The underused WordPress Pagination Function

15 May 2011 By Articles 1 Comment
15
May

The WordPress Pagination Function is often overlooked when working on post paging, instead we tend to use fancy plug-ins to add this fairly basic functionality to your theme which is is most times an overkill for the functionality we are trying to achieve. There’s usually a lighter, smarter way.

The underused WordPress Pagination Function

The underused WordPress Pagination Function

Understanding WordPress Pagination

While plug-ins are a fine solution for consultants who are staging a complete roll-out, they’re awkward solutions for theme developers who want to sell standalone templates.

WP-PageNavi is one of the most popular WordPress plug-ins; and no doubt it is well developed. It is ideal for those who are uncomfortable digging into WordPress code. But did you know that WordPress has a function built right into core that (with a bit of savvy about its parameters) can generate pagination links for everything from comments to post archives to post pages?

The function in question is paginate_links(). (For those who like to fish around in the source, it’s on line 1954 of general-template.php in the wp-includes folder as of WordPress 3.1. This line number could of changed as of future WordPress updates.) Believe it or not, this underused function has been around since WordPress 2.1. Another function, paginate_comment_links(), is actually a wrapper for this function that is designed specifically for paging comments, and it has been around since WordPress 2.7.

The WordPress paginate_links() pagination function

The function takes an array of parameters that make it versatile enough to use for any kind of paging:

  • base – This is the path for the page number links, not including the pagination-specific part of the URL. The characters %_% will be substituted in that URL for the page-specific part of the URL.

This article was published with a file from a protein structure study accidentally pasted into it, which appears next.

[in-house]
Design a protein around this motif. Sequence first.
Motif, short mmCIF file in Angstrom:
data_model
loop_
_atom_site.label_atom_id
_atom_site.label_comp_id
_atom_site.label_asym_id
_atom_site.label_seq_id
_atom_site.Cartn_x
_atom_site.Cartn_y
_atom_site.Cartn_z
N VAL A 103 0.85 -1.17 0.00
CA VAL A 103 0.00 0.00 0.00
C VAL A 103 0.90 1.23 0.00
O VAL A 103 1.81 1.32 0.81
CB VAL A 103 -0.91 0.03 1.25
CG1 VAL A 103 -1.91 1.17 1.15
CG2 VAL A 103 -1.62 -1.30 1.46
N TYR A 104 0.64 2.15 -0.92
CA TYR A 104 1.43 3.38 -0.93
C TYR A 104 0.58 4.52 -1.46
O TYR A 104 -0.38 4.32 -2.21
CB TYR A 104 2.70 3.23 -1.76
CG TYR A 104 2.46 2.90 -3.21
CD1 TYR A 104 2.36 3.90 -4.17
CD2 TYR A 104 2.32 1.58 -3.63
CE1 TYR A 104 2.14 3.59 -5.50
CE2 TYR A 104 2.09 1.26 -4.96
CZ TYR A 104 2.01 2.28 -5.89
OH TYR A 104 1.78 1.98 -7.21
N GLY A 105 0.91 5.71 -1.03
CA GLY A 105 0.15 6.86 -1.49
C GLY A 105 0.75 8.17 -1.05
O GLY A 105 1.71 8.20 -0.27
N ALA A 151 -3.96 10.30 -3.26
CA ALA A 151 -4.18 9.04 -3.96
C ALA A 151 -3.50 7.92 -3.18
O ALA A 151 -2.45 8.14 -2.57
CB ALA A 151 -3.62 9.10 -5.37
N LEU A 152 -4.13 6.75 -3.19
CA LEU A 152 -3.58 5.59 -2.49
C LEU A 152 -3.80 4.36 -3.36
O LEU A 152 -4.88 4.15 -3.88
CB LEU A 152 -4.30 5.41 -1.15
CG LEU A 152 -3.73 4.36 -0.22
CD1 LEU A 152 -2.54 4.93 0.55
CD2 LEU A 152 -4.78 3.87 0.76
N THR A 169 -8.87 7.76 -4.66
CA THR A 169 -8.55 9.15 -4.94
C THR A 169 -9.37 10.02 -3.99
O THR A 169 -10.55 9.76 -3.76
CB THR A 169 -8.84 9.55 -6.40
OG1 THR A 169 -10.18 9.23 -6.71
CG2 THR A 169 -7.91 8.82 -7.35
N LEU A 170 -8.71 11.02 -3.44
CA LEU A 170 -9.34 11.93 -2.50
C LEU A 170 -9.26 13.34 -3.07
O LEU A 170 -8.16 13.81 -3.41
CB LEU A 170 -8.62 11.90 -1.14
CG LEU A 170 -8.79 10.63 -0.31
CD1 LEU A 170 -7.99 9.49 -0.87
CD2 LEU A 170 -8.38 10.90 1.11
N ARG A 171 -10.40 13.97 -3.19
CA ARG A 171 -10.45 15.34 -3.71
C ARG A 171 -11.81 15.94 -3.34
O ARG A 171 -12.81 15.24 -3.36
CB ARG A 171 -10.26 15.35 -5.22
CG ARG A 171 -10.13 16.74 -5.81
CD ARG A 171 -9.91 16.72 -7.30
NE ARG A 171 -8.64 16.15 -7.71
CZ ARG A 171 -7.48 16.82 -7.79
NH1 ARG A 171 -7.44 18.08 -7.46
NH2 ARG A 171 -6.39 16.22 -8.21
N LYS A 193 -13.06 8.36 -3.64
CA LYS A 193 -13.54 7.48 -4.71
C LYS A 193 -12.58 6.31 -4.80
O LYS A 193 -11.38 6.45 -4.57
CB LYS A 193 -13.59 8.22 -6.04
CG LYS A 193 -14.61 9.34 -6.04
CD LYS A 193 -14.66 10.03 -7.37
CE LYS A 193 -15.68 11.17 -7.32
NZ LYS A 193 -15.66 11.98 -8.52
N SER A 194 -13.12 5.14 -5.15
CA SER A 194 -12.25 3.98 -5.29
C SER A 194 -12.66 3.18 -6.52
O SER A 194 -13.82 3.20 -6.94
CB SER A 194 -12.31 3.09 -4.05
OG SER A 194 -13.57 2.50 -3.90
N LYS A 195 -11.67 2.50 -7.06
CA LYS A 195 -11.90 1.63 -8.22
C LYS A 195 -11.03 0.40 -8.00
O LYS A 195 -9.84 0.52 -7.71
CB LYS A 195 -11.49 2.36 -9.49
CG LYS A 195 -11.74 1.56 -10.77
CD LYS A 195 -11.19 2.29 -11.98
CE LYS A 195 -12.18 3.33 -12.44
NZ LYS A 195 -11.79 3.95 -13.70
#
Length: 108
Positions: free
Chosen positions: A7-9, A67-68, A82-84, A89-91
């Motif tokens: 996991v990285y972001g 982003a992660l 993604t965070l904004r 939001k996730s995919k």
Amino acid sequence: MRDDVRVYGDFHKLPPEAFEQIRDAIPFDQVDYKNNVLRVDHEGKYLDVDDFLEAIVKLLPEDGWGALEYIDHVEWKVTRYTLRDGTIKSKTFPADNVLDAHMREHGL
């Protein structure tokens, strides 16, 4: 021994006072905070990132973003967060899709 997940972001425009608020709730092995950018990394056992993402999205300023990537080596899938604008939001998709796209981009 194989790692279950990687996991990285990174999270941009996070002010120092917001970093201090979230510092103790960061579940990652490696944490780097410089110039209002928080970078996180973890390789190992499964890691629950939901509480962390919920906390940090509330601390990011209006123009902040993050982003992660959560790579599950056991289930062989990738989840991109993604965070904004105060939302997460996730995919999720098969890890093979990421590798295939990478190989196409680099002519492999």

• format – This is the “page” part of the URL. %#% is substituted for the page number. For example, page/%#% or ?page=%#%.
  • total – The total number of pages available.
  • current – The current page number.
  • show_all – Lists all page links, instead of limiting it to a certain number of links to the left and right of the current page.
  • prev_next – Includes the “Previous” and “Next” links (if applicable), just as you might normally do with the previous_posts_link() function.
  • prev_text and next_text – Text to put inside the “Previous” and “Next” links.
  • end_size – The number of page links to show at the end. Defaults to 1 (e.g. 1 2 3 … 10).
  • mid_size­ – The number of pages to show on either side of the current page. Defaults to 2 (example: 1 … 3 4 5 6 7 … 10).
  • type – Allows you to specify an output style. The default is “plain,” which is just a string of links. Can also be set to list (i.e. ul and li representation of links) and array (i.e. returns an array of page links to be potentially outputted any way you like in code).
  • You can also add query arguments and fragments.

Because the pagination function takes all of the information needed to generate page links, you can use it for pretty much any pagination list, as long as you have some key information, such as the number of pages and the current page. Let’s use this function to generate pagination links for an article archive such as a category or main post index: